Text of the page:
OldRoads.com > Discuss: Reproduction and Motorized Bicycles
Discuss: Reproductions and Motorized Bicycles Scroll Down For Messages


I'm selling the OldRoads.com website.

I started the site in 1995 and sold my retail shop in April of this year.

I'm retiring from the bike business.

Here's a link to the eBay auction:



All pictures and text in these pages are (c)2010 Menotomy Vintage Bicycles, Inc.(tm) and may not be used in any form without written permission from Menotomy Vintage Bicycles, Inc.(tm).

Search 18 years of ARCHIVES:  

Menotomy Vintage Bicycles, Inc. has set up this discussion area for the sharing of vintage and custom bicycle information. Anyone may add their opinions to this forum, as long as they follow the rules outlined below. We are not responsible for incorrect or misleading advise which may appear here.


All pictures and text in these pages are (c)2010 Menotomy Vintage Bicycles, Inc.(tm) and may not be used in any form without written permission from Menotomy Vintage Bicycles, Inc.(tm).

Vintage Bicycle Discussion Area

Reproductions and Motorized Bicycles

Post a new topic, or click an existing topic below:

[X]  Report inappropriate messages

MOTORIZED BICYCLES:   Rear wheel hoops posted by: Davis on 2/27/2001 at 10:21:22 AM
How do those belt drive hoops attach to the rear wheel on Whizzers and other belt drive bikes?


          RE:MOTORIZED BICYCLES:   Rear wheel hoops posted by John Martin on 2/27/2001 at 6:16:18 PM
I think you might mean the sheeve. It depends on what WHIZZER you are working on. The add on kits for bikes just had sloted head srews, nuts and washers. The ones put on by
WHIZZER had a bolt, clip and a nut. Either way, think about the direction the belt is going to pull on wheel.

[X]  Report inappropriate messages

MOTORIZED BICYCLES:   I BUY posted by: XHTC_atsign_HOTMAIL.COM on 2/20/2001 at 7:03:57 AM


[X]  Report inappropriate messages

MOTORIZED BICYCLES:   WHIZZER posted by: John Martin on 2/17/2001 at 3:15:14 PM
This is a question for you WHIZZER guys. My PACEMAKER has a S/N on the "hanger bracket" of 7795.
It has the typical front fork for a PACEMAKER and correct head badge of WHIZZER PACEMAKER. It has
a "loop" frame. Could this be a SCHWINN built frame for WHIZZER? Would the date
be 5-4-51? It has a rear rack like the SCHWINN S-10. Could all
this be correct?

          RE:MOTORIZED BICYCLES:   WHIZZER posted by whizzerick on 3/20/2001 at 4:10:10 PM
ALL Pacemaker frames where made by Schwinn, except for the first thousand (1000). Yes, the date is 5/4/51.

[X]  Report inappropriate messages

MOTORIZED BICYCLES:   Got a question for Y'all... posted by: Rif Addams on 2/16/2001 at 8:53:12 AM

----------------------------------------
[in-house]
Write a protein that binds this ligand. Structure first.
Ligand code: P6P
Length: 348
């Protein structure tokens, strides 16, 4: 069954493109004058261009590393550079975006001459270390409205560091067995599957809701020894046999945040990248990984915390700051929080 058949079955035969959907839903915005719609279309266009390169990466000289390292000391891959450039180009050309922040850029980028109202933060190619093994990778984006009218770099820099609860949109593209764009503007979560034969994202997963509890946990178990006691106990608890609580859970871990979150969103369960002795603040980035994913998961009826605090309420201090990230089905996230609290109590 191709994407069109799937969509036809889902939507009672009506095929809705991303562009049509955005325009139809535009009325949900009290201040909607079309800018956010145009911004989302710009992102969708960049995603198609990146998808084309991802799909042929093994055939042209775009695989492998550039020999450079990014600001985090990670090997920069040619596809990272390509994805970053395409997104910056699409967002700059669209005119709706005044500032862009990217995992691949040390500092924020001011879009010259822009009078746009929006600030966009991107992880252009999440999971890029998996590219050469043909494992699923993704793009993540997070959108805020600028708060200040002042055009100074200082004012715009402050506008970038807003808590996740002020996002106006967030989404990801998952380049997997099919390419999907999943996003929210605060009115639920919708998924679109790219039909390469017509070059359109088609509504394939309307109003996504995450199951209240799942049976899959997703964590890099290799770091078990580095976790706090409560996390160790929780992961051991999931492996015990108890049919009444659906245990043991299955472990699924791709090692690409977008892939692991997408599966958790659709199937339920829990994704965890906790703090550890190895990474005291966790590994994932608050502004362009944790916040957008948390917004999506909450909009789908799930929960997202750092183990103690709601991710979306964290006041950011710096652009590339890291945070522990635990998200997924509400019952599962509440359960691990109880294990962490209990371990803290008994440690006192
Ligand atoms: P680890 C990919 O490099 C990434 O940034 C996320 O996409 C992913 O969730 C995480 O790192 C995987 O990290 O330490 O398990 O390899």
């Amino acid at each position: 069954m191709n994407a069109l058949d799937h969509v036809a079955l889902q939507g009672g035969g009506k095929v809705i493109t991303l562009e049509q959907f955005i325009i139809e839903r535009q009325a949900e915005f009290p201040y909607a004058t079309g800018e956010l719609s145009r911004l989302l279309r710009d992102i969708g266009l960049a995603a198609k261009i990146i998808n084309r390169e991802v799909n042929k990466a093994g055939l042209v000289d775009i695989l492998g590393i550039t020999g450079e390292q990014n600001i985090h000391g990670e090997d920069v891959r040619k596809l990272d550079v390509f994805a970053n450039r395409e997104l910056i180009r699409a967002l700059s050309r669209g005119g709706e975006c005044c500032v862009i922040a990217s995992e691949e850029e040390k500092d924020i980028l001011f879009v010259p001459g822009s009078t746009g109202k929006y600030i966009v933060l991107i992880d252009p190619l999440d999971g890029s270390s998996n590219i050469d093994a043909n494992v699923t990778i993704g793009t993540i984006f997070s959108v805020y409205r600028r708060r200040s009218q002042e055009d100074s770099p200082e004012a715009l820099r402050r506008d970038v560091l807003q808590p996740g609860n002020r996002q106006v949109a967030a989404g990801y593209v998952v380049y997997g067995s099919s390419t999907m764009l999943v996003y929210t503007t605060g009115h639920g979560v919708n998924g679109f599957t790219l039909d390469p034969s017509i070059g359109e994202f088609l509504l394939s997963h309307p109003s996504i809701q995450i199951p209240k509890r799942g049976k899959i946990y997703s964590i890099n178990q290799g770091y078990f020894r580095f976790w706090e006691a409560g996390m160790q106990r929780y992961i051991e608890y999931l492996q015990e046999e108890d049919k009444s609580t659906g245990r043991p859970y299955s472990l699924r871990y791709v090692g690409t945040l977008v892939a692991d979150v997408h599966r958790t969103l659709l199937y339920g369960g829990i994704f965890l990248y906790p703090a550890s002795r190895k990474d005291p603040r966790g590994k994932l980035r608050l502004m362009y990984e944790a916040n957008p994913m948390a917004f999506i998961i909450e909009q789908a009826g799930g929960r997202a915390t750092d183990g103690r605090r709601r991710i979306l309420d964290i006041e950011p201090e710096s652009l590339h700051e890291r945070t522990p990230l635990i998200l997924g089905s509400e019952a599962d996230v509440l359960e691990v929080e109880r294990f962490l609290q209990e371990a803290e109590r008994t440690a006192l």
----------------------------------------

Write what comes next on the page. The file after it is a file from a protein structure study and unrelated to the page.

Hey everyone,
I was sitting here enjoying my morning coffee gazing out the window at the newly fallen snow. When suddenly some more wierd ideas popped into my brain.
Does anyone out there have photographs or video footage of motorized bikes racing? Any racing. Drags, (dirt) flat track, road, etc. type racing. I would love to see Moto-Bikes in competition!
If anyone has this sort of thing, could you send copies and perhaps a brief description?
If nobody is doing this, WHY NOT?!?! :-}
last summer the local Velodrome allowed a group of whizzers on the track, during the big local bike meet. I wish I could have seen it!


[X]  Report inappropriate messages

MISC:   Memo From The Editor: New Issue of BikeRod&Kustom posted by: JimW. on 2/14/2001 at 7:36:20 PM
Volume 2'Issue 4 may be found at the usual location: http://bikerodnkustom.homestead.com

It contains an interview by Rif Addams, with Larry Louterback, builder of hyper-powered motorized bikes.
Legal motorbikes are restricted as to power and speed capabilities, which may be a good thing, as most bikes tend to disintegrate at sustained speeds over 30 mph. The Outlaw Mr. Louterback, whose creations can cruise at 50mph, has taught himself all the tricks of making bikes handle and hold up well within that performance envelope. He shares his knowledge with Rif, and BR&K’s readership. Don’t try this at home,
kids; but if you do, be sure that you (or your surviving loved ones) send us pictures.

We review yet another carbon-fiber bike D.I.Y. plan-set; this one for an ultra-light off-road bike by Canadian Richard Langlois. This is an excellent way of getting acquainted with carbon fiber bike building, and can lead to applying the knowledge gained to the making of Kool Kustom Karbon Bikes.

Steve Nurse is an Australian Engineer who has some innovative bike ideas. He’s come up with a system called “CHAMELEON” which could revolutionize community bike programs. By combining modular sections, it’s possible to put together a single-rider bike, a tandem bike, a bike truck, and lots of other useful and fun HPVs. We show his designs in this issue’s Design Lab.

Editing a webzine can really cut into other leisure-time activities, like Bike Kustomizing, for example. The